Gloucester is a city and district in Gloucestershire, in the South West of England, of which it is the county town. Gloucester lies close to the Welsh border, on the River Severn, between the Cotswolds to the east and the Forest of Dean to the southwest. Gloucester was founded in AD 97 by the Romans under Emperor Nerva as Colonia Glevum Nervensis, was granted its first charter in 1155 by King Henry II. Economically, the city is dominated by the service industries, has a strong financial and business sector, it was prominent in the aerospace industry. The origins of the name Gloucester are related to its name in modern Welsh; the name'caerloyw' is composed of two parts: caer and'loyw', a linguistic mutation of'gloyw', meaning bright or shining. The name Gloucester thus means "bright fort". There are various appellations of the city's name in history, such as Caer Glow, Gleucestre as an early British settlement is not confirmed by direct evidence. However, Gloucester was the Roman municipality of Colonia Nervia Glevensium, or Glevum, built in the reign of Nerva.
Parts of the walls can be traced, a number of remains and coins have been found, though inscriptions are scarce. In Historia Brittonum, a fabled account of the early rulers of Britain, Vortigern's grandfather, Gloiu, is given as the founder of Gloucester. Part of the foundations of Roman Gloucester can be seen today in Eastgate Street, while Roman tombstones and a range of other Roman artefacts can be seen in Gloucester City Museum. After the withdrawal on the Roman Empire in the late 4th Century the town returned to the control of Celtic Dubonni tribe. By the Anglo-Saxon Chronicle, Gloucester is shown as part of Wessex from the Battle of Deorham in 577. At some point after this battle, along with the rest of Gloucestershire excluding the Forest of Dean, Gloucester was part of the minor kingdom of the Hwicce. In 628, as a result of the Battle of Cirencester, the kingdom of the Hwicce became a client or sub-kingdom of Mercia. From about 780, the Hwicce region was no longer a kingdom in its own right and was under full Mercian control until, along with the rest of Mercia, it submitted to Alfred the Great in about 877-883.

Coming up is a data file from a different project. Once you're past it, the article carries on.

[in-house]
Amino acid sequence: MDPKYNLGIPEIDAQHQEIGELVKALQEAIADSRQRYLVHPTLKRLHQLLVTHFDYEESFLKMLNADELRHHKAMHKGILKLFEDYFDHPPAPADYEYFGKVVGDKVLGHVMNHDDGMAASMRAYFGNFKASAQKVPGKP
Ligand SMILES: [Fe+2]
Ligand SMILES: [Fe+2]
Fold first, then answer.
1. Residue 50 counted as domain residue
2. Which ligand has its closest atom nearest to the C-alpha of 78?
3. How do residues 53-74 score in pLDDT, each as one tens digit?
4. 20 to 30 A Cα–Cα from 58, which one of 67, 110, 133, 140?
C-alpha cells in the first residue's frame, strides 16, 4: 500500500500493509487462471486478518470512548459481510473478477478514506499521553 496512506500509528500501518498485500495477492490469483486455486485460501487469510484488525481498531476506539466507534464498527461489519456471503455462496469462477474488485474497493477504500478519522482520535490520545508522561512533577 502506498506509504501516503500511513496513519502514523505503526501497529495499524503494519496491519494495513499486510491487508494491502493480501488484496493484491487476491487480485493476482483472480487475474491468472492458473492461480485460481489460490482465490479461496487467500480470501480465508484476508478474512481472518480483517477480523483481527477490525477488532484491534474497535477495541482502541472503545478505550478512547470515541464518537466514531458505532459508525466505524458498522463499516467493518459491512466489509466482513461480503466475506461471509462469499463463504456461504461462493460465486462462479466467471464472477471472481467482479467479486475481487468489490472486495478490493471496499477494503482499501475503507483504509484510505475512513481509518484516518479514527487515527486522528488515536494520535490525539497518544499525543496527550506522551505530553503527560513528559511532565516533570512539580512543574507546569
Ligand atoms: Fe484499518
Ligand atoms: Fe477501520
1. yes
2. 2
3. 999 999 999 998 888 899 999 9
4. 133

The name Gloucester derives from the Anglo-Saxon for fort preceded by Celtic name, which derived from the Roman stem Glev-. Claudia Castra is mentioned in the 18th Century as possible Latin name related to the city. Gloucester was captured by the Saxons in 577, its situation on a navigable river, the foundation in 681 of the abbey of St Peter by Æthelred, favoured the growth of the town. In the early 10th century the remains of Saint Oswald were brought to a small church in Gloucester, bringing many pilgrims to the town; the core street layout is thought to date back to the reign of Ethelfleda in late Saxon times. In 1051 Edward the Confessor held court at Gloucester and was threatened there by an army led by Godwin, Earl of Wessex, but the incident resulted in a standoff rather than a battle. A unique coin, dated to 1077–80, was discovered, just north of the city, in November 2011, it features its place of minting. The Portable Antiquities Scheme said that, until the coin was discovered, there had been no known examples of William I coins minted in Gloucester in this period.